Jervis McEntee Diaries

Tuesday July 8, 1884

Jervis McEntee Diary Entry, July 8, 1884, from the Jervis McEntee papers, 1850-1905, in the Archives of American Art, Smithsonian Institution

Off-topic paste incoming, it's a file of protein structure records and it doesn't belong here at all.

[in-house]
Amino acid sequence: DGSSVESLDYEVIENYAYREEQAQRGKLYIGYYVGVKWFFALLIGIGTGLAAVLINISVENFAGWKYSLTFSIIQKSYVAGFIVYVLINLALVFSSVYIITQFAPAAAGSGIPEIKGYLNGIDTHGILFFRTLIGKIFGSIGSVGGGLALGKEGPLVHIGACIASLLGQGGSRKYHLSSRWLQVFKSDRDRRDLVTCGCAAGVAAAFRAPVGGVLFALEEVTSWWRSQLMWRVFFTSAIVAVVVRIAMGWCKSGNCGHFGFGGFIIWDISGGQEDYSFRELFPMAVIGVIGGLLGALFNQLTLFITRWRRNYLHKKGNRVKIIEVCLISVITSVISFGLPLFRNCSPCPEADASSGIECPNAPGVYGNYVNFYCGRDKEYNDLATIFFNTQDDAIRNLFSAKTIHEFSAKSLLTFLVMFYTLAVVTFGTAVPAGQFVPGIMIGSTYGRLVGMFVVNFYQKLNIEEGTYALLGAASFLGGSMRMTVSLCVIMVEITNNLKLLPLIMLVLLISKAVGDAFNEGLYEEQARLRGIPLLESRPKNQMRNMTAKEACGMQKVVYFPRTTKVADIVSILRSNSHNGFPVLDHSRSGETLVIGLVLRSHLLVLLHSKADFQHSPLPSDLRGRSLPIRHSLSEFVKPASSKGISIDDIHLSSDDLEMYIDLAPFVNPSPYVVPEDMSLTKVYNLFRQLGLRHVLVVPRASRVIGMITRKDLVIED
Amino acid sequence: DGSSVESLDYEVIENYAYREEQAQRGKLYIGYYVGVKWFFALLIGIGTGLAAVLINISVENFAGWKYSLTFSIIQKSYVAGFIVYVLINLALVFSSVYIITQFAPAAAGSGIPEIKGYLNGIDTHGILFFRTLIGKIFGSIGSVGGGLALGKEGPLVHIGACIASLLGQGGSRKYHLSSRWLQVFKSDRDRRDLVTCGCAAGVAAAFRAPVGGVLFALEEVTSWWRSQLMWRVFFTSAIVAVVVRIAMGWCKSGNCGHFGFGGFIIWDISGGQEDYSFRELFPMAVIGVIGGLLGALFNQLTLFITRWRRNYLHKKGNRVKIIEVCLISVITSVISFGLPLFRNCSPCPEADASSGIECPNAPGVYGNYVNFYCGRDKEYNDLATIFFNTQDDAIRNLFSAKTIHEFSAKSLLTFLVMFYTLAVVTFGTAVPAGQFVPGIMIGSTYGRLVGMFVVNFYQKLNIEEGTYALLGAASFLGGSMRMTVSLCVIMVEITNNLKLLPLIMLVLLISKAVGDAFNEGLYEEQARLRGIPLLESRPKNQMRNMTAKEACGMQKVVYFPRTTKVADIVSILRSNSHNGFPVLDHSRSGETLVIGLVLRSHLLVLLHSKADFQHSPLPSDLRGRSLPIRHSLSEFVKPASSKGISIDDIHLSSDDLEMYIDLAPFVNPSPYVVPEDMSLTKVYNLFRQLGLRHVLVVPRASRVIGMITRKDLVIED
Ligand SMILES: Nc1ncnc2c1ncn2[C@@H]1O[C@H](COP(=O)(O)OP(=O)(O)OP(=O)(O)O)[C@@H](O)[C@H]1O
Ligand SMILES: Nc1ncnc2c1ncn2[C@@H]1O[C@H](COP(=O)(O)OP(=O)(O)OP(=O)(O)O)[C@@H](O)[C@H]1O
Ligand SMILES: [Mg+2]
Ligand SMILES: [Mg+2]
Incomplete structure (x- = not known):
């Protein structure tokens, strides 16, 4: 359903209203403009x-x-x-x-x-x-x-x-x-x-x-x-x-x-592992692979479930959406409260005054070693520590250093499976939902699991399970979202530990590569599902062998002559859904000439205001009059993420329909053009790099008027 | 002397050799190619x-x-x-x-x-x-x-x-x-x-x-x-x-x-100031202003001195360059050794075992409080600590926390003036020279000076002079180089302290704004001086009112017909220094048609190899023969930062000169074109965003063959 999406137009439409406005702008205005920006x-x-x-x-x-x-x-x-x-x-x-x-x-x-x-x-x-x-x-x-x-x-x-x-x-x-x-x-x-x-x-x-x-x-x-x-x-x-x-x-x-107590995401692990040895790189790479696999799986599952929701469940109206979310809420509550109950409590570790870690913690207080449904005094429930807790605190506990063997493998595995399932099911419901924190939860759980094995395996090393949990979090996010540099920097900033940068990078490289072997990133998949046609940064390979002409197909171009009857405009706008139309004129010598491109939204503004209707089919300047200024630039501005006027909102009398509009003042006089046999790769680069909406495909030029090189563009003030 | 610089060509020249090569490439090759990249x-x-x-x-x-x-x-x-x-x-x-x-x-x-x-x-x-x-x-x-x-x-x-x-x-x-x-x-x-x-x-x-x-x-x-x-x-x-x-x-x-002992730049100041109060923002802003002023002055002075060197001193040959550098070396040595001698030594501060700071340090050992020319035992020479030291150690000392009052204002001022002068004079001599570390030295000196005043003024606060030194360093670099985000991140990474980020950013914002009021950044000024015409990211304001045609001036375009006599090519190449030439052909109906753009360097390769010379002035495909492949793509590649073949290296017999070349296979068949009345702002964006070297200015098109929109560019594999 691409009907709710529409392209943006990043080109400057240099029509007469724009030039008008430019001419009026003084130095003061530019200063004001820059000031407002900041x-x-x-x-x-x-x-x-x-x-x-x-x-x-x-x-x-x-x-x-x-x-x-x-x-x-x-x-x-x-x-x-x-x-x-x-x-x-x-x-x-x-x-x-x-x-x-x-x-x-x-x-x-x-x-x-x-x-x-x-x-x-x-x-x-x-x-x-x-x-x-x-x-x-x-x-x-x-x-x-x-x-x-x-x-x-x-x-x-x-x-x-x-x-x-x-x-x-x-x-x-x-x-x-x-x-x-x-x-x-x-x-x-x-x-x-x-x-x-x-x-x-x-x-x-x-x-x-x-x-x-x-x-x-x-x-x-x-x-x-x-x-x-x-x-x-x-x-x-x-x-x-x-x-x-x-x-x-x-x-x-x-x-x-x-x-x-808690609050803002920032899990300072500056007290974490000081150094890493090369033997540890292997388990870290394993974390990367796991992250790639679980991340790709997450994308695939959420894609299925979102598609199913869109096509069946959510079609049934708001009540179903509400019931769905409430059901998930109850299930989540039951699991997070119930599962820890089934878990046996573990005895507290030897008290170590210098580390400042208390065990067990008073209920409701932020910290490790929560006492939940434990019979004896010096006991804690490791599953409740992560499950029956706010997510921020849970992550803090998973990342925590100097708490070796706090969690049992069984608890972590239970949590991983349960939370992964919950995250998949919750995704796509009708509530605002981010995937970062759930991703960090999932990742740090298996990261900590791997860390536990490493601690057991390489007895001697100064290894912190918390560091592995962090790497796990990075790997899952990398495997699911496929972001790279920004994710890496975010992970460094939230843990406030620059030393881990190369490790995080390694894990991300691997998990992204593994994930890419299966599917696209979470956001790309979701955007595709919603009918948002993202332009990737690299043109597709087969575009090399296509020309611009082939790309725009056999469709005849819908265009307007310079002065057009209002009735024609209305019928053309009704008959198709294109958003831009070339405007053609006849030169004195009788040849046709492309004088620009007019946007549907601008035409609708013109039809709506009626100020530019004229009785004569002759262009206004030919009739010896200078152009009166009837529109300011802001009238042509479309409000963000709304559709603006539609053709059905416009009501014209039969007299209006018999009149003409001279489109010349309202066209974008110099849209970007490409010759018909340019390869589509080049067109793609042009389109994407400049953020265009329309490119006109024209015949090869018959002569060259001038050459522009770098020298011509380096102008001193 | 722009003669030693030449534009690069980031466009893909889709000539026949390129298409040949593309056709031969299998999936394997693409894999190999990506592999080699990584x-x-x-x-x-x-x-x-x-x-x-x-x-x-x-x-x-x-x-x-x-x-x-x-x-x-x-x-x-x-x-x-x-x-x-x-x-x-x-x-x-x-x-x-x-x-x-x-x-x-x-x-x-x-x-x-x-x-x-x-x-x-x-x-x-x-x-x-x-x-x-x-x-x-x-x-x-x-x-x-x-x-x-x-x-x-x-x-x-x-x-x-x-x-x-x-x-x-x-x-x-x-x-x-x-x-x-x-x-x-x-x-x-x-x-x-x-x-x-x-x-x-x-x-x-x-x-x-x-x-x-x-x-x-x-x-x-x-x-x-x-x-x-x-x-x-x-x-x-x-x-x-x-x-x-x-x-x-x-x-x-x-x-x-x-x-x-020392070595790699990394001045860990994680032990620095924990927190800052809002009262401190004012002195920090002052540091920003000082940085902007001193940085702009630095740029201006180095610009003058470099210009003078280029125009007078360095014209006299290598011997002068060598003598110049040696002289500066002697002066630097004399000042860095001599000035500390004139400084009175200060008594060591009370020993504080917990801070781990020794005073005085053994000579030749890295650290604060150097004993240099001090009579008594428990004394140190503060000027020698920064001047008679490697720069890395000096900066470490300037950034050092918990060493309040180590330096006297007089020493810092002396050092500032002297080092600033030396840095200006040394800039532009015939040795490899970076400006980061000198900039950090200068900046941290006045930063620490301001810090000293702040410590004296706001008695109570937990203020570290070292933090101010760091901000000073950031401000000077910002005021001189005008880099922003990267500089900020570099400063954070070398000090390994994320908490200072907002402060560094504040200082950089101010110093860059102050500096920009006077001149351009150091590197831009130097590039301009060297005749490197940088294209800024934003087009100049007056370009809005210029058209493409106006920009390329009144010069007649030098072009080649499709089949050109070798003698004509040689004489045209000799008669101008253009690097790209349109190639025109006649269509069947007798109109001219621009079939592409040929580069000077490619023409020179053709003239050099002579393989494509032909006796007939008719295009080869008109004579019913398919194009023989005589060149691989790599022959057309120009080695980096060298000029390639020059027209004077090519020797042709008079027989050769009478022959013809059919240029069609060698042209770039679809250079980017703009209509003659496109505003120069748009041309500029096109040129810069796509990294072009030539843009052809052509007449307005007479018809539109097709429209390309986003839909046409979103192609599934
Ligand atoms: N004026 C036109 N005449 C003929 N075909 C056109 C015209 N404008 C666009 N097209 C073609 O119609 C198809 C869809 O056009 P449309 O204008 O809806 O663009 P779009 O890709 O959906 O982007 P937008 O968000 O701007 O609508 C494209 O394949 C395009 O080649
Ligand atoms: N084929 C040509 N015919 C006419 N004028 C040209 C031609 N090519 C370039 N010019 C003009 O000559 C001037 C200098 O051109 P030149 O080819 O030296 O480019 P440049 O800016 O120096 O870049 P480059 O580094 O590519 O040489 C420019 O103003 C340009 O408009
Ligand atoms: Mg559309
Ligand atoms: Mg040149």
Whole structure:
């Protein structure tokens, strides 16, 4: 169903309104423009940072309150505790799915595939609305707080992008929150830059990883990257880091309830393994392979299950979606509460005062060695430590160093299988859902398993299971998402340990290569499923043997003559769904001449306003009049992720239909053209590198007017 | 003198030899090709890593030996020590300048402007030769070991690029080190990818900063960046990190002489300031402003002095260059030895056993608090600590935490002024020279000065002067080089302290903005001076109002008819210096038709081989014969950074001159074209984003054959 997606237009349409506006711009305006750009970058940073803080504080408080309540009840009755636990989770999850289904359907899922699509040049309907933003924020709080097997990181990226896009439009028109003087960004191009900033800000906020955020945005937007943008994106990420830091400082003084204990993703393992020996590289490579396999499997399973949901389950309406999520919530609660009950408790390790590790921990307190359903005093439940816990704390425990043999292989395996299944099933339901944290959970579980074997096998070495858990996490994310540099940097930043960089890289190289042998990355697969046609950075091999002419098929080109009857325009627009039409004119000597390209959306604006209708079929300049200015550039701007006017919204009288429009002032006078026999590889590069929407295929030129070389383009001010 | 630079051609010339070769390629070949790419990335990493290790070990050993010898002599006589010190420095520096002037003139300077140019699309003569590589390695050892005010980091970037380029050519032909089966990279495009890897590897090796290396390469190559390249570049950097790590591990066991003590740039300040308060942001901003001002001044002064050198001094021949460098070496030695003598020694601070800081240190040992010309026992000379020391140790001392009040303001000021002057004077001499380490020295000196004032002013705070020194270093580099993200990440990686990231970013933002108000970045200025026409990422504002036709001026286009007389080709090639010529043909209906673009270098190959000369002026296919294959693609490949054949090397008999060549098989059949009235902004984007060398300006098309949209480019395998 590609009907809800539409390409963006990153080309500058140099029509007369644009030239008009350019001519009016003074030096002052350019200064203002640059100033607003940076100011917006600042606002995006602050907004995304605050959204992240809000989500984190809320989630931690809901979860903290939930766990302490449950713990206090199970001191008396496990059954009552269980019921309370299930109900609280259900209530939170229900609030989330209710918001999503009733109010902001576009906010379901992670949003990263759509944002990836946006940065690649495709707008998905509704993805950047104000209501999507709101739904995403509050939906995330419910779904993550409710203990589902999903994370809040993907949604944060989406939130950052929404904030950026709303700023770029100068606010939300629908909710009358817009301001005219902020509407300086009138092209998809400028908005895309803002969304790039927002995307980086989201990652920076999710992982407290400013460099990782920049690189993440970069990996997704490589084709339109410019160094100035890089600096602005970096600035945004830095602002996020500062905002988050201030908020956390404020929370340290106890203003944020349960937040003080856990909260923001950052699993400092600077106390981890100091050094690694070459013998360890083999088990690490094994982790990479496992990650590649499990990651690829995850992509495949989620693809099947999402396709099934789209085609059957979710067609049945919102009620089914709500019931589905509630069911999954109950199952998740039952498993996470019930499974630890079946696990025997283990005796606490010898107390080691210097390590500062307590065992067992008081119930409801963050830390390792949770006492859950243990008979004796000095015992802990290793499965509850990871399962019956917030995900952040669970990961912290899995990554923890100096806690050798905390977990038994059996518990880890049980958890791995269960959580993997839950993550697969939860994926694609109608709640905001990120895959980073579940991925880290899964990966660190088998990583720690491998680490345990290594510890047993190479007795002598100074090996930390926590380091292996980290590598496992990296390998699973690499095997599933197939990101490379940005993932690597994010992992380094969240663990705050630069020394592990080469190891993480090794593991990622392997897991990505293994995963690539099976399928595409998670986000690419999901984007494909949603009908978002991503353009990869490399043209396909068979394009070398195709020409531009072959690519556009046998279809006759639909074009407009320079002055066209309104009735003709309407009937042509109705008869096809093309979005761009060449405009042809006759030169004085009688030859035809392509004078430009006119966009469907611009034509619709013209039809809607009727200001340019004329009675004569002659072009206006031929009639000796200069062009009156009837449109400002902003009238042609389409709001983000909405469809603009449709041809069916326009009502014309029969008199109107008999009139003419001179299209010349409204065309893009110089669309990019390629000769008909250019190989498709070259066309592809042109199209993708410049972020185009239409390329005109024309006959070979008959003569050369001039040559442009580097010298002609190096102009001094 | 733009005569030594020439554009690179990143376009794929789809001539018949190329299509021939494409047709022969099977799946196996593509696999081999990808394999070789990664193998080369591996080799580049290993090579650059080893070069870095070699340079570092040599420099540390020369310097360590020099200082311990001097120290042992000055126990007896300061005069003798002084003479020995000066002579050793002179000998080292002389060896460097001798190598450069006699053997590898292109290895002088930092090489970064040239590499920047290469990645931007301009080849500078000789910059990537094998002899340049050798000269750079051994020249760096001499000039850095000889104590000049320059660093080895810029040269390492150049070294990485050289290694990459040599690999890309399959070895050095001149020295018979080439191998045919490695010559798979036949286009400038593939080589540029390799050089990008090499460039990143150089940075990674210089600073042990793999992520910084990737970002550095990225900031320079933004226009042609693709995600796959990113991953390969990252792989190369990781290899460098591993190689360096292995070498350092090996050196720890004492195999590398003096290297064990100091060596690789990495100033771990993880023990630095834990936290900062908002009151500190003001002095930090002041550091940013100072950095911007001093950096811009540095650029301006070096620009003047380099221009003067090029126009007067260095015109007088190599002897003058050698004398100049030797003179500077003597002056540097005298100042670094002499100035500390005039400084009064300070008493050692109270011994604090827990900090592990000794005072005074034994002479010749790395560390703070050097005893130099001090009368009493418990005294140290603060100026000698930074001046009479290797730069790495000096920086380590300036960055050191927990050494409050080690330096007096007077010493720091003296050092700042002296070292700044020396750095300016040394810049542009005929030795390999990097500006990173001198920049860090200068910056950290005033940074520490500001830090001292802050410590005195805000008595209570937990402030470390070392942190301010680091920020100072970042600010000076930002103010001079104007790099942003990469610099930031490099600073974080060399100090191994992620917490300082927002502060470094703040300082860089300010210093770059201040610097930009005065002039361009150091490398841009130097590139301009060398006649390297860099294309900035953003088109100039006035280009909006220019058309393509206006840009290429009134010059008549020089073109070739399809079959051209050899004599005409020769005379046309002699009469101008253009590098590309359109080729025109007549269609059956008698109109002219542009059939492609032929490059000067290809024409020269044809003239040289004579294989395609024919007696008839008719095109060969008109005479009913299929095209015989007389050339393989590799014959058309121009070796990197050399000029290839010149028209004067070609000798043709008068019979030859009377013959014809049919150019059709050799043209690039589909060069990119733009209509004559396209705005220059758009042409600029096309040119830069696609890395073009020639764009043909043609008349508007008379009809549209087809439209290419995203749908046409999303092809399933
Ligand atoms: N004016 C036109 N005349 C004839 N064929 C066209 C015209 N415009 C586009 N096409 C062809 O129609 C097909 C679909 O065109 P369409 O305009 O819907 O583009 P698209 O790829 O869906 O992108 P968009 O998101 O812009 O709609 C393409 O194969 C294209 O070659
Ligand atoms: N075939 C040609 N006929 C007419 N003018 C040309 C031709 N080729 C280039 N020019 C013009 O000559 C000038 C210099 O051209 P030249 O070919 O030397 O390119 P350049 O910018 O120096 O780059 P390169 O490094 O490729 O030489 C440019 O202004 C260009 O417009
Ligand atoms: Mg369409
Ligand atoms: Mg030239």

Tuesday, July 8, 1884 It has been a cool, picturesque day with a North wind and magnificent sky effects. I longed to be at work with my colors but do not seem able to with so much else to distract me. I cut some of the branches from "Gertrudes tree" to open up a better view of the Vlight-berg. I hoed the melons and cucumbers and egg plants in the garden and after dinner dressed myself and went over to my house and looked about my outside studio. I found dear Gertrudes ship chair which she had on the steamer. I took it into my studio, put the cushion on it and came over to the house and got the cover and shall now keep it in my studio in the place of one of the chairs we bought over here. It was pleasant to look over my stack of colors and to begin to make some preparations for going out sketching which I hope to be able to do before long if we get our money on the Turck lot. He owes me $100 personally on it. I hope there will be no disappointment in this. I thought so tenderly of dear Gertrude as I went about my house and saw so many things connected with our early married life and I experienced such a longing for her and such a tender remembrance of her and our happy life together there that the hope that we may live there again was most gratifying to me. Dear Gertrude. The years only intensify my sense of loss in her and strengthen my love and admiration for her. What a blessing she was to me and what a comfort and charm in every thought of her. As I recall her sweet and lovely characteristics she seems to me to have been as near perfection in disposition and in unselfishness of character as mortals are permitted to attain. Thinking of where I shall go for my sketching the Head of the Rondout down below Griswolds, where the valley widens out and there are glimpses of distance, seems most to attract me. I went down to John McEntees after tea to see if he would not like to drive out there before long for a days fishing when I could look about and perhaps locate myself at Smiths, which Major Wilkinson said some friends told him was a very comfortable place to stay. John could not go this week but he thought he could before long and I look forward to the trip with a good deal of interest for it is most difficult to decide where to go.

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